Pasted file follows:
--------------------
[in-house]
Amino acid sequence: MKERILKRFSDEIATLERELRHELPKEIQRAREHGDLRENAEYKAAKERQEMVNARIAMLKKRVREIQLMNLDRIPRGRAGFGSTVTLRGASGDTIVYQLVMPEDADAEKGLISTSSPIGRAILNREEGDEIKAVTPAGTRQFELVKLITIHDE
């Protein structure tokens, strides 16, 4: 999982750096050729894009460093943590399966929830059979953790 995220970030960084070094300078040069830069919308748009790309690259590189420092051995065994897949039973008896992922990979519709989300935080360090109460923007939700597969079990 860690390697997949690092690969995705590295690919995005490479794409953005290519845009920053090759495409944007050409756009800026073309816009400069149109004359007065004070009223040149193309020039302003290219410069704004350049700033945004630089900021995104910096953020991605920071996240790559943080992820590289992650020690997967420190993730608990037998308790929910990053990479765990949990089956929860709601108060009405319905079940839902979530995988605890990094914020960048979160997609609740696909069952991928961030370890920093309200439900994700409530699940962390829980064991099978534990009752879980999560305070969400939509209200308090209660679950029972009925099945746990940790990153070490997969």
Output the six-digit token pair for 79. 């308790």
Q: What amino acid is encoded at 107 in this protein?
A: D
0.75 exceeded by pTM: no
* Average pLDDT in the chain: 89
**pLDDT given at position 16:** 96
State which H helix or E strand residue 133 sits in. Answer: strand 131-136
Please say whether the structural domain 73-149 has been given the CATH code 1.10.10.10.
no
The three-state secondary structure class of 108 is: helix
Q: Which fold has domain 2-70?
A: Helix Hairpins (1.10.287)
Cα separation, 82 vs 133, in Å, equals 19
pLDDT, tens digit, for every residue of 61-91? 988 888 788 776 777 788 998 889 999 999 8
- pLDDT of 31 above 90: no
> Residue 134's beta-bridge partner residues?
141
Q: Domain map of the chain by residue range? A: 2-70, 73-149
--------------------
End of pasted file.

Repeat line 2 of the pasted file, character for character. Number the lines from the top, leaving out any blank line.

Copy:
Amino acid sequence: MKERILKRFSDEIATLERELRHELPKEIQRAREHGDLRENAEYKAAKERQEMVNARIAMLKKRVREIQLMNLDRIPRGRAGFGSTVTLRGASGDTIVYQLVMPEDADAEKGLISTSSPIGRAILNREEGDEIKAVTPAGTRQFELVKLITIHDE